I’ve heard many people remark that driving the desert is boring. To me, the main highlight of a drive to or from Phoenix is the Sonoran Desert.
This vast area of sand was once a shallow inland sea. It’s essentially flat, with little islands of rock and rubble poking through here and there. Or, so it’s easy to imagine, driving the desert between Phoenix and the Colorado River.
Fossil evidence for marine habitats dates back to algae colonies about 1.2 billion years ago. More recently: sharks, corals, trilobites, clams and oysters, and those monster sea-going dinosaurs. More recently than that: traditional dinosaurs, duck-billed and otherwise. Even the most obvious visible features of the desert have been around for a very long time.
According to one geological site I once researched, one particular black dome, a few miles north of I-10, could be over one billion years old. The main mountain range to the north looks like a line of weathered peaks buried up to their necks in sand and scree. They are mostly buried in their own debris. The oldest rocks date to about 1.4 billion years.
These mountains don’t appear to be much by Sierra or Rockies standards. For one thing, they’re much older, and they look it. Elevated topography here is mostly crumpling ancient volcanoes, with a few low, eroded mesa plateaus thrown in for effect. The desert floor from which they protrude brings us to the second thing. Like the volcanic islands of Hawaii that rise through 20,000 feet of ocean before breaking the water’s surface, there’s no telling where the bases of these more modest rounded brown Sonoran things really rest.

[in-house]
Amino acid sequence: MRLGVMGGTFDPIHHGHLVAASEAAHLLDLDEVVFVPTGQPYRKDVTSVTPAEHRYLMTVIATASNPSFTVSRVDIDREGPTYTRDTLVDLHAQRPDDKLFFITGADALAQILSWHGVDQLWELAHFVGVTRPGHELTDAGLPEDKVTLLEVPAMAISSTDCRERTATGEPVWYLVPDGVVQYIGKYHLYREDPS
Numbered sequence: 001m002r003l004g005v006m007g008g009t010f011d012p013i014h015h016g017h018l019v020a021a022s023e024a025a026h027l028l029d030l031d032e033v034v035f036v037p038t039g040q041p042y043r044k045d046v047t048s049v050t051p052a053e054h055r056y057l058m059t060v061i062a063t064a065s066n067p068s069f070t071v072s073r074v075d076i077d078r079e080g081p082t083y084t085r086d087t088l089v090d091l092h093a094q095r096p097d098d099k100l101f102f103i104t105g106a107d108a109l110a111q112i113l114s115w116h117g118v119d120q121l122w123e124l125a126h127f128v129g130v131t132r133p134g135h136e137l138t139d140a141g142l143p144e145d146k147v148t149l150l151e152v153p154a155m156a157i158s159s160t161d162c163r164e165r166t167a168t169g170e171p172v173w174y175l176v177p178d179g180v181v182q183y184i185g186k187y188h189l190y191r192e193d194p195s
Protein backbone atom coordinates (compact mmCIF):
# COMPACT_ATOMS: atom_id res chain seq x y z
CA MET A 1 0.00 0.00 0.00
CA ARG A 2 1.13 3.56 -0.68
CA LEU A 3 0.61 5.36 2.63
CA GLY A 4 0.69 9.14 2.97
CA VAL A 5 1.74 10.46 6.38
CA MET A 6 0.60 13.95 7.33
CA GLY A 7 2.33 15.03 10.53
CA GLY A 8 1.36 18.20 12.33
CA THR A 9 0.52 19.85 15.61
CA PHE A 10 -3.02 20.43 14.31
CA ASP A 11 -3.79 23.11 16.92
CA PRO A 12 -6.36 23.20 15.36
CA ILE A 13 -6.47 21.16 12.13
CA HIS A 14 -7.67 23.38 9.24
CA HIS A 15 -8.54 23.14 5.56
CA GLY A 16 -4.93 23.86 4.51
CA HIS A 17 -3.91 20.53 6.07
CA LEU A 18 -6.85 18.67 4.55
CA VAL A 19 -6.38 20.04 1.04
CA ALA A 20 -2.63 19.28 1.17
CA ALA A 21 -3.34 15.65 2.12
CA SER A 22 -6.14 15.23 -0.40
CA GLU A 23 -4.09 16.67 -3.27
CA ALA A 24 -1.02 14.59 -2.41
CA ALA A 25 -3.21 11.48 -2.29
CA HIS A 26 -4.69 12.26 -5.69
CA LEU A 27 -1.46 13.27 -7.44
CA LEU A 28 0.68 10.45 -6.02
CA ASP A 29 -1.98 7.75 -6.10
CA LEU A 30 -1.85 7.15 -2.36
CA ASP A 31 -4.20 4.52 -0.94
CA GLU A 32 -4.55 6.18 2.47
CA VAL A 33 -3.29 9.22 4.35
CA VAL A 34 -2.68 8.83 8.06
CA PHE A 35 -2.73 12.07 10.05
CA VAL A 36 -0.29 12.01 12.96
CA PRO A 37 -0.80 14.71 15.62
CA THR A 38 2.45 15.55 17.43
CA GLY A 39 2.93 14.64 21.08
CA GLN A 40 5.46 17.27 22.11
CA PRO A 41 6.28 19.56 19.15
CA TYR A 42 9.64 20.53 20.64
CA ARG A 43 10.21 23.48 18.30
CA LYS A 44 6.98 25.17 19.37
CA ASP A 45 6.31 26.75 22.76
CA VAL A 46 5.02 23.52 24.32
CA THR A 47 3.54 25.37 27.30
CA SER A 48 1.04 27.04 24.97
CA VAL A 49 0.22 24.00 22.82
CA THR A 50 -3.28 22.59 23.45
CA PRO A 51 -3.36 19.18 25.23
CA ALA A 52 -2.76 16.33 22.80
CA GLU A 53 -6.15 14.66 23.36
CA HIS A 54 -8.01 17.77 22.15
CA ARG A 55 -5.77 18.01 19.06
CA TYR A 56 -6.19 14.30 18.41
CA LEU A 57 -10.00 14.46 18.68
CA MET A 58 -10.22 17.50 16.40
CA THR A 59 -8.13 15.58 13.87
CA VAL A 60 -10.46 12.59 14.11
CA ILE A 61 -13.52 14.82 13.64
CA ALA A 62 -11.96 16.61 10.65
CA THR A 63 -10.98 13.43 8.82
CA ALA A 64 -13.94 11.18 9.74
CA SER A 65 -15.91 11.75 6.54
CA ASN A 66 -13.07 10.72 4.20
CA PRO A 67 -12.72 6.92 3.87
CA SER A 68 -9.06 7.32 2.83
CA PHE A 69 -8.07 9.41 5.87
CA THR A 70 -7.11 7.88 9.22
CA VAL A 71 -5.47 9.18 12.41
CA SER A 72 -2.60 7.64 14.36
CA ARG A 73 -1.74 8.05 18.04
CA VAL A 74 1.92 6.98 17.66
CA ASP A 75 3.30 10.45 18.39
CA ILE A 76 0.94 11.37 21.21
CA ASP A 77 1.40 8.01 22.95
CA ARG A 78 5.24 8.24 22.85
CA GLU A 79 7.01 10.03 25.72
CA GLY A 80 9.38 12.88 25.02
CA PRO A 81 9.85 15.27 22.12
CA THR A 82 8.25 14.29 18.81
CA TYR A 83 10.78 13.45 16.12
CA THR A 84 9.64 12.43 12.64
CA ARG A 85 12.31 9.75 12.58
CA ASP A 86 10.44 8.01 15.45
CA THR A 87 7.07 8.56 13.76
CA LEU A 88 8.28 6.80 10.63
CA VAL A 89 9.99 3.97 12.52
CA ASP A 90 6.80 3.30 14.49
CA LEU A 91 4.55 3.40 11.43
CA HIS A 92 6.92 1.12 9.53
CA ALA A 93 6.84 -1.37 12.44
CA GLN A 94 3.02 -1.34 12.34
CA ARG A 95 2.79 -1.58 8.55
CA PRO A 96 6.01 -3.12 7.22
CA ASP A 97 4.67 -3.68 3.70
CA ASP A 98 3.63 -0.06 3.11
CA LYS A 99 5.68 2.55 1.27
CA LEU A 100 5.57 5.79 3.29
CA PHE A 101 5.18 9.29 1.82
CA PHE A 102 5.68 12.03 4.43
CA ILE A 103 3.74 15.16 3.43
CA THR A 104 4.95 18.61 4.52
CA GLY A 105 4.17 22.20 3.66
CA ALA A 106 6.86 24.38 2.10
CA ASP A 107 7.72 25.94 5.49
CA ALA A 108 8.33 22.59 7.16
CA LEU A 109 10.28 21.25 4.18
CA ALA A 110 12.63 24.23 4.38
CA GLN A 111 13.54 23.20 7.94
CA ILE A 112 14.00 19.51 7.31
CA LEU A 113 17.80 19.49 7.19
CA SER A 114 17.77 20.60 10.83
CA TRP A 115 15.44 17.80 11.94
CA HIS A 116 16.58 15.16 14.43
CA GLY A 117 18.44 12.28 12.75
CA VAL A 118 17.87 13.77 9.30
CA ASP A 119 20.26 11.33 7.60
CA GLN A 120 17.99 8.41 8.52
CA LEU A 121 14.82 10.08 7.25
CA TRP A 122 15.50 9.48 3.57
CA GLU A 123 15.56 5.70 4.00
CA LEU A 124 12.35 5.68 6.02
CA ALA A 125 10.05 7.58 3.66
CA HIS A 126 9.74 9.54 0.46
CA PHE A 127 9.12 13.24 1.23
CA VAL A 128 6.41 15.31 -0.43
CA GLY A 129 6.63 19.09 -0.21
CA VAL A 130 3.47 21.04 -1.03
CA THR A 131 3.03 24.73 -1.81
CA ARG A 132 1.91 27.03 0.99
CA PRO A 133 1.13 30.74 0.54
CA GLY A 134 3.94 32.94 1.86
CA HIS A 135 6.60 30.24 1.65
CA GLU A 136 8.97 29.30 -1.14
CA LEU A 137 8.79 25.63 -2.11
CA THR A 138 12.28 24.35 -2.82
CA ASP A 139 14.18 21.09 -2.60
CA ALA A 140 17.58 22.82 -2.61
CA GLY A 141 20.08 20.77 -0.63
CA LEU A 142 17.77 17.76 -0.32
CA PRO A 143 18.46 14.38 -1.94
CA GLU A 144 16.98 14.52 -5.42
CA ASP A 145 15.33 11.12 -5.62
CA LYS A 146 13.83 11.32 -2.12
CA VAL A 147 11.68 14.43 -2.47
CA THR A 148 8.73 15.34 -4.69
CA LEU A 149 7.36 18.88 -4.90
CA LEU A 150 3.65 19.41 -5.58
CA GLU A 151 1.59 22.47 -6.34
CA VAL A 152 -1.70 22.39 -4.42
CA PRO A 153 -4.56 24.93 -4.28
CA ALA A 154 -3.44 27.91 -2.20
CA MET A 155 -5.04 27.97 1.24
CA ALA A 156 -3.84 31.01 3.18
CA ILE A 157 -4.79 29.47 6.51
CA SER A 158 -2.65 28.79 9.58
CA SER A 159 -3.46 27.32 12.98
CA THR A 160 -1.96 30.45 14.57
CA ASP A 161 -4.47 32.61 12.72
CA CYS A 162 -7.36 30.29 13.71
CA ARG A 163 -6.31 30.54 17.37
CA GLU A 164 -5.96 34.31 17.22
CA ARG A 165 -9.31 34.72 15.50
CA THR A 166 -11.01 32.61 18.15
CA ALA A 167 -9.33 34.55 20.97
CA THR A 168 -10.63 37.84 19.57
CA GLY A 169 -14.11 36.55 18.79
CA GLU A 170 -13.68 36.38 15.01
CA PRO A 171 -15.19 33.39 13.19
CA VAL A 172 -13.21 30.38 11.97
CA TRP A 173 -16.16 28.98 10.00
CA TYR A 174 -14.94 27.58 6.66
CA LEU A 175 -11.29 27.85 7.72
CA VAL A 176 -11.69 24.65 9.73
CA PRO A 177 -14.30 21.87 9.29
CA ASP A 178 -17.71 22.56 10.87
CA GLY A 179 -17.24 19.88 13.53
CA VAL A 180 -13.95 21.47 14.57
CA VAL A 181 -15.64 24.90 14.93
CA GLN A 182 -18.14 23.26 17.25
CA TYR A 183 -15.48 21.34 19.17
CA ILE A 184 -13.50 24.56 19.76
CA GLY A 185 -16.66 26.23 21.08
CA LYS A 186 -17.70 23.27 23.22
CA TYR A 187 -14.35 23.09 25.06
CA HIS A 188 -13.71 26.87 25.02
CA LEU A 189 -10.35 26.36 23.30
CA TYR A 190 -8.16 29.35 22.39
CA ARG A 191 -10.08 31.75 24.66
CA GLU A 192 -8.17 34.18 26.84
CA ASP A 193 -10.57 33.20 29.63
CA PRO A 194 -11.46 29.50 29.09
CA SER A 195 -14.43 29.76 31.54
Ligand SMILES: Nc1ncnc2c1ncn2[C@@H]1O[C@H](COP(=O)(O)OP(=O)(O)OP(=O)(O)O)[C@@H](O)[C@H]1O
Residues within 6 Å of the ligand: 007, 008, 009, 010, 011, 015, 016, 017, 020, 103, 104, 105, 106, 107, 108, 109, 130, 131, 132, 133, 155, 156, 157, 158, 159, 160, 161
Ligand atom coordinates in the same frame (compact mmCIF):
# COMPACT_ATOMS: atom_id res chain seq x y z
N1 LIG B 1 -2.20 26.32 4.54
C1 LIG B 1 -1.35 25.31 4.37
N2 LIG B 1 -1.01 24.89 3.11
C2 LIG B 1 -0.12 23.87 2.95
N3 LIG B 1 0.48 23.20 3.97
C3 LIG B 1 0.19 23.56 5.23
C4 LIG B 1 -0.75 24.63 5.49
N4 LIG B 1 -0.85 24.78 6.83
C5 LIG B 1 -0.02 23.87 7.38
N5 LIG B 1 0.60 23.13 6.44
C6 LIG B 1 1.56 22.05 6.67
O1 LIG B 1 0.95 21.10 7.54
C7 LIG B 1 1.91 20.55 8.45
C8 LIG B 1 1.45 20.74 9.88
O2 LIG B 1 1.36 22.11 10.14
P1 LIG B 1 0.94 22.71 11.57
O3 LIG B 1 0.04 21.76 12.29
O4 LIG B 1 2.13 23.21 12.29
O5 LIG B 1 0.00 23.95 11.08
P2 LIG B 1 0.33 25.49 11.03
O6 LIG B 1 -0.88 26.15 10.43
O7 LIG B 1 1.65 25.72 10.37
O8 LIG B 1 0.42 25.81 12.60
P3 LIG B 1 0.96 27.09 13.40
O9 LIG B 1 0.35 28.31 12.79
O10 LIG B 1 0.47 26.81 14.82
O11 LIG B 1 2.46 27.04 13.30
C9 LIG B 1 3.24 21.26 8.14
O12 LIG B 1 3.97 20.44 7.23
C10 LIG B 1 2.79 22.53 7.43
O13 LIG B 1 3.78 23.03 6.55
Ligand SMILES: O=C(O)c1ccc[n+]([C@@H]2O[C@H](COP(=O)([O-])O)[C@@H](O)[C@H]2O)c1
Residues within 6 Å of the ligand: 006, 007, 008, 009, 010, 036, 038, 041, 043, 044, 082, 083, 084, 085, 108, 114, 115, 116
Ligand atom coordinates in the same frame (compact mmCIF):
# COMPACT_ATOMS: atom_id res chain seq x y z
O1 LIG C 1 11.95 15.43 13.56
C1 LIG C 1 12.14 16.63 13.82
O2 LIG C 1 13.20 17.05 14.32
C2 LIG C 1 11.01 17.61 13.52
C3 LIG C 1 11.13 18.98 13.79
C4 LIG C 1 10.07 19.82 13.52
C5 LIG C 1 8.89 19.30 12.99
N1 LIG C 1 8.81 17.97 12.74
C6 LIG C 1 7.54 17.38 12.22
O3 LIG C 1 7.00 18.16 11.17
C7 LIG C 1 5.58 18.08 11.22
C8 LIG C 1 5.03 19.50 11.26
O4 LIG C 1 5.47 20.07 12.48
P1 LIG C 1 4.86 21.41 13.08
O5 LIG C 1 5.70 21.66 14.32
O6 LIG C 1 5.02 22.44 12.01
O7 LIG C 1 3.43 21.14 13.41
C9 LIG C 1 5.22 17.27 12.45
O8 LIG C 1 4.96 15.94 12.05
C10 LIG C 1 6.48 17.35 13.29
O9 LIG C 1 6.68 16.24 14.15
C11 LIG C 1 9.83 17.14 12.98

The Colorado carved out the Grand Canyon about 17 million years ago. To fill Sonoran basins, the forces of wind, erosion and exfoliation have enjoyed over a leisurely billion years to level the playing field. Protruding objects may be deeper than they appear.
In some areas near the Colorado River border with California, the roadbed is cut from the sides of lava deposits hundreds of feet thick. You don’t have to have a trained eye to spot it. It’s not subtle. For a few bucks you can get a cubic yard of the familiar landscaper’s lava rock from Orchard Supply or Home Depot. Would you recognize a cubic mile of the coarser grades of the same stuff?
These deposits are from a period of intense volcanism 25 million years ago. While that’s indisputably old, and the age easily explains the drastic erosion of most of the prominent geological features, one senses – and how could one have guessed before modern dating technology? – some of this is much older.
If driving east, we see a vast horizontal sandy white line that arcs like the rim of a bowl from roughly northeast to southeast. We can say the line is “level” because it could have been laid out with a transit line. To my eye, there’s no other explanation for it. If that isn’t a beach line, I don’t know what is. A beach, that is to say, “beached” high and dry some hundreds of yards above our heads.
Imagine overhead then, one of those archaic 40 foot sea monsters, plesiosaur – a dinosaur with flippers – cruising on the prowl for an ancestor of the Great White, perhaps, as a late afternoon snack.
In the same part of the Sonora (near Quartzite) we find an attraction called “Dome Rock”. Somewhat reminiscent of a shark fin, a perfect parabolic bell curve rises hundreds of feet above the desert floor. It’s a volcanic mound. Sadly, it is girdled by a spiraling road cut up to the top. Even in the desert, there’s not much that hasn’t been explored and spoiled by jeep, ATV or dirt bike.